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The Third Marquess and His Legacy to Cardiff

 

The Third Marquess was a shy, intense and rather solitary young man. The turning point in his life arrived three months after his coming of age, when he announced his conversion to Roman Catholicism. This proved to be a contentious issue, both in his native Scotland and in Cardiff, but the decision pleased the swelling Catholic community in the borough. Henceforth, religion was the motivating force of Bute's life, a fact noted by Disraeli who made him the hero of his successful novel, Lothair.

Politically, Bute remained a Conservative but took little part in active campaigning. In the election of 1852, the Bute trustees made their last attempt to impose a candidate of their choice on the voters of Cardiff. Their candidate, John Nicholl, was defeated by Walter Coffin, a Nonconformist and a Liberal. For the rest of the century, apart from a solitary Conservative triumph in 1895, the Liberals dominated the political scene in Cardiff. In December 1910, ten years after the Marquess had died, local Tories chose his son, Lord Ninian Stuart, to fight the seat. Though successful, his victory owed nothing to the Bute connection which had long since ceased to be politically important in Cardiff.

It was the wealth of the Marquess which left a more lasting impression on the city. Probably the richest man in Britain, he had the resources to satisfy his interests, his hobbies and his talents. Bute was a scholarly man, reputed to have mastered more than twenty languages, renowned for his expert knowledge of the scriptures, mediaeval history and heraldry. He loved travel, especially to Italy, Greece and the Holy Land, confessing on more than one occasion, "Athens and Assisi have spoilt me for anything else'. The Marquess admitted to "a considerable taste for art and archaeology and happily the means to indulge them'. He also had a passion for building which steered him towards the restoration of Cardiff Castle.

Bute entrusted this task to William Burges, an eccentric genius with a romantic love of the Middle Ages. His plans were always drawn on yellow parchment, his own house was designed as a castle complete with a drawbridge, and it was not unusual for him to arrive at a banquet in mediaeval dress. From 1865 until his death in 1881, Billy Burges was employed in a task most architects dream about: restoring a building in the style he loved without any restrictions on expenditure. The result is an extravagance of high Victorian fantasy which tends to overwhelm the first-time visitor. Burges was a gregarious, humorous extrovert, whose insignia of parrots, mice, and the roots of trees are visible in practically every room of the castle. The Marchioness, Lady Gwendolen, loved him. "Ugly Burges who designs lovely things', she said. "Isn't he a duck'!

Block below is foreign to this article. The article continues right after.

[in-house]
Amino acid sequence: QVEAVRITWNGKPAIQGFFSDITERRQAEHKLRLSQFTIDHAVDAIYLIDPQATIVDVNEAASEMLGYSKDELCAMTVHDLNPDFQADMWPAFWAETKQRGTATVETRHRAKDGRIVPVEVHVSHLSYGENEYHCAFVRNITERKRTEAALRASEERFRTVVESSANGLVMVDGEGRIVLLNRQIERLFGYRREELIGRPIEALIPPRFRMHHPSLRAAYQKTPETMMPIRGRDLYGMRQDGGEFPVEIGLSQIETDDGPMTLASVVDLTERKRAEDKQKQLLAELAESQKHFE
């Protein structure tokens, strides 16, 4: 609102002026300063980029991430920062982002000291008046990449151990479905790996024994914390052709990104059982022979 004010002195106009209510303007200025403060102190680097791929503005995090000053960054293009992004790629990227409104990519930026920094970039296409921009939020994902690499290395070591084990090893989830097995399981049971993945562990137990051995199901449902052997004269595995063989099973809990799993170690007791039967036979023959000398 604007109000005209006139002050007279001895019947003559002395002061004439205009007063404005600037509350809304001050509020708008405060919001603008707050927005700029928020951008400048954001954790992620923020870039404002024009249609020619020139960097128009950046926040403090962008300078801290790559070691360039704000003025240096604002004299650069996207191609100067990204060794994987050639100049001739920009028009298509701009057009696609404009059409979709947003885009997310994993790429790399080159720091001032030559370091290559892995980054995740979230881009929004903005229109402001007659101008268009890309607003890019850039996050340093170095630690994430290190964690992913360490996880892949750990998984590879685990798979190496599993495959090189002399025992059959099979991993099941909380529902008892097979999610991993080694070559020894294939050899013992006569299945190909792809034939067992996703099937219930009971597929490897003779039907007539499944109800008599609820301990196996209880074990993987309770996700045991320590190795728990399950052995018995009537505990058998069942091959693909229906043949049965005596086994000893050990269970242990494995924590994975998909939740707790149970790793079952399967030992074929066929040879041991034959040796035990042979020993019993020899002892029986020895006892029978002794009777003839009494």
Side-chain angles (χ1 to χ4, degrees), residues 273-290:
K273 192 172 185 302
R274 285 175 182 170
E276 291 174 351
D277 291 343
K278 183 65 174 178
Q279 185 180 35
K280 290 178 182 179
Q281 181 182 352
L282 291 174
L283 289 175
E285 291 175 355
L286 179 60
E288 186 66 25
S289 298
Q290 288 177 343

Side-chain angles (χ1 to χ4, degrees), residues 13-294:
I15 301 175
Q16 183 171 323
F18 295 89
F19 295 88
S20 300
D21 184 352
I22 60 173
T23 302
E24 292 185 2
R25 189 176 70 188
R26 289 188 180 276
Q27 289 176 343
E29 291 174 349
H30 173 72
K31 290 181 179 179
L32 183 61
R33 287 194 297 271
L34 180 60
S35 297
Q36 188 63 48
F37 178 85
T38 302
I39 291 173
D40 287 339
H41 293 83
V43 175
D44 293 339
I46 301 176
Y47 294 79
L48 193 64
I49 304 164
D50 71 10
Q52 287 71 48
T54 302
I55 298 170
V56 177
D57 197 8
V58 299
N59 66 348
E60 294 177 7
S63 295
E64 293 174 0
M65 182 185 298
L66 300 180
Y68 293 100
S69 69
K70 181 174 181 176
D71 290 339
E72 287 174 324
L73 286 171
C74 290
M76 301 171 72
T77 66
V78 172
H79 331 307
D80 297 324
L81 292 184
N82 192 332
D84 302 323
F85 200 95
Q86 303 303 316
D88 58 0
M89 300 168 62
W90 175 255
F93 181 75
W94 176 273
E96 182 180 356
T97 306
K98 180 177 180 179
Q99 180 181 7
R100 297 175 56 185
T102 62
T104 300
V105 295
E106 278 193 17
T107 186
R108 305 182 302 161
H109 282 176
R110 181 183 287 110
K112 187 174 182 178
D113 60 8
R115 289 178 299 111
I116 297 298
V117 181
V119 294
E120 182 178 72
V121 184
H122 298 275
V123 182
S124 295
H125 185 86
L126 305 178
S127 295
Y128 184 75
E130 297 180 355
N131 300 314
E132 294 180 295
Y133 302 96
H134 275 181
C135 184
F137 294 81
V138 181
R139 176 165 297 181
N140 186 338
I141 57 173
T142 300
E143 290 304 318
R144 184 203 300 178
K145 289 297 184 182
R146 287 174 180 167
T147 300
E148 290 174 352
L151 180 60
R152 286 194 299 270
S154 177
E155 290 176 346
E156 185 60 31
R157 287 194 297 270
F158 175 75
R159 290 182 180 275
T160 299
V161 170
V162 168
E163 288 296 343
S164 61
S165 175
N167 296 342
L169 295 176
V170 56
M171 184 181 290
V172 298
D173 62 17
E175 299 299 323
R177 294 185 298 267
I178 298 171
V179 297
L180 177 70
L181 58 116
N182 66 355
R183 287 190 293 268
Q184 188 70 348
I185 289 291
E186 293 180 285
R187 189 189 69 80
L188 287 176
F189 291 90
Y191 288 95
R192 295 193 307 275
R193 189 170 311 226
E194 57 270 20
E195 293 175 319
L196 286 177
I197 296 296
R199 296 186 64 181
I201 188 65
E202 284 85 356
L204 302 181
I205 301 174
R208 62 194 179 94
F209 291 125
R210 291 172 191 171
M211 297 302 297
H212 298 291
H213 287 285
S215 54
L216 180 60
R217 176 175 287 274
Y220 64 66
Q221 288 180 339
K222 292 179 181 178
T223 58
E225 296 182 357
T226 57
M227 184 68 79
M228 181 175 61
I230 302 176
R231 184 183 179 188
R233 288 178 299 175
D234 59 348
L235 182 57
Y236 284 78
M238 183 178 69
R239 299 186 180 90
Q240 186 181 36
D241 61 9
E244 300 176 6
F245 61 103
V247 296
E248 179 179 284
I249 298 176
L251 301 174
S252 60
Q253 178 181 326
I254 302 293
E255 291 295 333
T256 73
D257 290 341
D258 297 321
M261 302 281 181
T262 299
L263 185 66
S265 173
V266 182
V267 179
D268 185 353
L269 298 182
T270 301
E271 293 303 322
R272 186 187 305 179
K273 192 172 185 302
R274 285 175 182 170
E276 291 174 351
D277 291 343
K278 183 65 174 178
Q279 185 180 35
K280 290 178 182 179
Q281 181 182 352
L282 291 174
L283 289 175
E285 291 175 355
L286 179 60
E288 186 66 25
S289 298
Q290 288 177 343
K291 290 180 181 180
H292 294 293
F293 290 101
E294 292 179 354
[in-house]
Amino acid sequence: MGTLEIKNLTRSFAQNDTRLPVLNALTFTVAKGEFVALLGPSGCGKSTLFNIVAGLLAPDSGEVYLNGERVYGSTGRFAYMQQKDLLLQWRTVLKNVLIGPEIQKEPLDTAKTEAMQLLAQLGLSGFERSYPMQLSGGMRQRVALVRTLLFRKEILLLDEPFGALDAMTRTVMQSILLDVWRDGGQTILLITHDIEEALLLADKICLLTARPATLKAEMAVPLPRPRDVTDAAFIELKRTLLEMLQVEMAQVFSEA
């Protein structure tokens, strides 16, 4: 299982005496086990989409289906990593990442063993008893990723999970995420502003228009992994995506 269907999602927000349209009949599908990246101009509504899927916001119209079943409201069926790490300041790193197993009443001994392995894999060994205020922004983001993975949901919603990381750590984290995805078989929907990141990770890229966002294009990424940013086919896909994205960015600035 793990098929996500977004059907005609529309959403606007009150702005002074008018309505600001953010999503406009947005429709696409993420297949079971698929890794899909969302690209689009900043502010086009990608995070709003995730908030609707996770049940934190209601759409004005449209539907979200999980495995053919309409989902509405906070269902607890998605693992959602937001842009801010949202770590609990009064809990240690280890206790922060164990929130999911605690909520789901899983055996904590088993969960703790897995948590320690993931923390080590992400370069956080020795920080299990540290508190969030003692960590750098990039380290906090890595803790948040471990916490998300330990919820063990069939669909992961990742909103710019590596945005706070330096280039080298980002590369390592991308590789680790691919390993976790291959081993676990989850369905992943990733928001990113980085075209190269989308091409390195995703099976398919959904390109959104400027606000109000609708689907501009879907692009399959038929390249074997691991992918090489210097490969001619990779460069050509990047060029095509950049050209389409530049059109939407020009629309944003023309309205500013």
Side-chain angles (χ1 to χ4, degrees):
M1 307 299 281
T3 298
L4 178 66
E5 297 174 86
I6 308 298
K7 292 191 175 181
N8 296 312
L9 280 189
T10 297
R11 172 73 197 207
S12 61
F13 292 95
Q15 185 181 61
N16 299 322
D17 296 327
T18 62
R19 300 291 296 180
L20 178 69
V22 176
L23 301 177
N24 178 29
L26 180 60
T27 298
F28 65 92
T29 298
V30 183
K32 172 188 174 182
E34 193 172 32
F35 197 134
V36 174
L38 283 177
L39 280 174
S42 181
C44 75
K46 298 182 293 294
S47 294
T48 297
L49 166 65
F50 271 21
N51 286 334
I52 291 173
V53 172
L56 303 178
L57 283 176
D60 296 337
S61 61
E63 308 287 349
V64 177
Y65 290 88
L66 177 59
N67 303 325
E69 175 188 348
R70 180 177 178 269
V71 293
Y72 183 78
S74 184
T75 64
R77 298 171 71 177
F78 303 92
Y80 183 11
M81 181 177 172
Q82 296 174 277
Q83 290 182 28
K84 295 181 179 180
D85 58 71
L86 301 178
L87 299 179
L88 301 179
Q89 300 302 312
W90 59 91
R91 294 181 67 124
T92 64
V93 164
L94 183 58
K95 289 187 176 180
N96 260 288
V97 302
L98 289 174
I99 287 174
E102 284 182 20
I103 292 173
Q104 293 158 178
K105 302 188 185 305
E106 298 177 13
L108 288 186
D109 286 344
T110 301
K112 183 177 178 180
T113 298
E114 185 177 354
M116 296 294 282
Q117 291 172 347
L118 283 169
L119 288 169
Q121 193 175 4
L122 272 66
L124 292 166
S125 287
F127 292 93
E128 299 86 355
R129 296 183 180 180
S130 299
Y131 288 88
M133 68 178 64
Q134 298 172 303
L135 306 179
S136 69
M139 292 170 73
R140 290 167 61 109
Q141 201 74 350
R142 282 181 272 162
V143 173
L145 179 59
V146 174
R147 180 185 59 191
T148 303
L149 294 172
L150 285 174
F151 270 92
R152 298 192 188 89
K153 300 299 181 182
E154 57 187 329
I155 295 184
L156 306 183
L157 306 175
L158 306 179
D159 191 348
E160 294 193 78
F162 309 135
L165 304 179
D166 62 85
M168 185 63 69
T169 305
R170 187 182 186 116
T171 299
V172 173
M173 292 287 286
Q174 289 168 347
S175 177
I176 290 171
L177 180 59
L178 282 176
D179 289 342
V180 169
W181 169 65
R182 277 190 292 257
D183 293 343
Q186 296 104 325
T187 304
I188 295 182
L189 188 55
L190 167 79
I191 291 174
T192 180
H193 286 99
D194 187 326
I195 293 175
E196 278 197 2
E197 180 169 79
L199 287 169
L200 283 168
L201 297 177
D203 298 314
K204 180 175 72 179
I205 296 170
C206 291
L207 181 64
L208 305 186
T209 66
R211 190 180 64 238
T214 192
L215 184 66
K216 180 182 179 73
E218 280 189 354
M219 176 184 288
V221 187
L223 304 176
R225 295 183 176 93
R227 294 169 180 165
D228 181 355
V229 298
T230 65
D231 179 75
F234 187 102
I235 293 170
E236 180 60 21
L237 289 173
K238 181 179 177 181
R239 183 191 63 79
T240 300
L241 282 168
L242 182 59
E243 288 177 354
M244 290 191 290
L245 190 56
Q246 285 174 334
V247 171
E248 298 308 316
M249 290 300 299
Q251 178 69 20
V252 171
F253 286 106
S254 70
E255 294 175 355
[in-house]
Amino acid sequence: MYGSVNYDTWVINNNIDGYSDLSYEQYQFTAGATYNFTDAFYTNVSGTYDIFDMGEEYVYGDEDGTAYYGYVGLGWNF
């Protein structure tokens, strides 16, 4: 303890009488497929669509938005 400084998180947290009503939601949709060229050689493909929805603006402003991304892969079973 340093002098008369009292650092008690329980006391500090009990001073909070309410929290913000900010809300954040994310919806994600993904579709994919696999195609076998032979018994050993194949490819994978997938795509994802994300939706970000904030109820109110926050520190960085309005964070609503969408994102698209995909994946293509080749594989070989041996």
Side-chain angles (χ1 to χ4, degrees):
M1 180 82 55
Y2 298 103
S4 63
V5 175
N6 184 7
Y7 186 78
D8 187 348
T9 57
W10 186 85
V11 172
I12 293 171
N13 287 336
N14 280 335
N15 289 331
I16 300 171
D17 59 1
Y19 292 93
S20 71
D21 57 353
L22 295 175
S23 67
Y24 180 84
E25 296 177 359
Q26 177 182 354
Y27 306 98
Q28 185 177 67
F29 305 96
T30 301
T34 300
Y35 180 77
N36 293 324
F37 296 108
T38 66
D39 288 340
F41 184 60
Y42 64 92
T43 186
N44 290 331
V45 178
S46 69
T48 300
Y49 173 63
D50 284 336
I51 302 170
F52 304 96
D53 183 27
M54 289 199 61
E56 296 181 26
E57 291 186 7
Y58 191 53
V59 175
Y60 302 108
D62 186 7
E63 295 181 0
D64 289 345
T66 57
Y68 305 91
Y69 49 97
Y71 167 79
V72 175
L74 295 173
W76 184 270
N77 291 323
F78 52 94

While encouraging Burges to use his riotous imagination, Bute examined his plans in detail and occasionally amended them. Full scale models, from key plates to complete rooms, were submitted to him for perusal. Ten designs of the Clock Tower were scrutinised before the Marquess gave his approval. The lions on the Animal Wall were returned for re-touching, as Bute deemed them, "to be too modest in demeanour, savouring rather of pets than of roaring lions'. The Marquess made his own contribution with pen-and-ink sketches and a study of the castle's history. At the specially constructed Bute workshops, the finest craftsmen from Wales, London and abroad produced the stained glass, marquetry and joinery, so admired by modern visitors to Cardiff Castle.

Burges re-designed and modified the existing buildings along the west wall to produce an outstanding skyline. Inside the Herbert Tower, an authentic Arab Room was created. Its walls were lined with cedarwood and the ceiling appears to be enveloped in golden stalactites. While the Herbert Tower showed little change externally, the appearance of the Beauchamp Tower was transformed. It was crowned with a wooden Gothic spire coated in lead and, inside the tower, the Chaucer Room was dedicated to the famous mediaeval poet. Its walls are decorated with scenes from his works, while a statue of Chaucer bears a striking resemblance to Burges himself.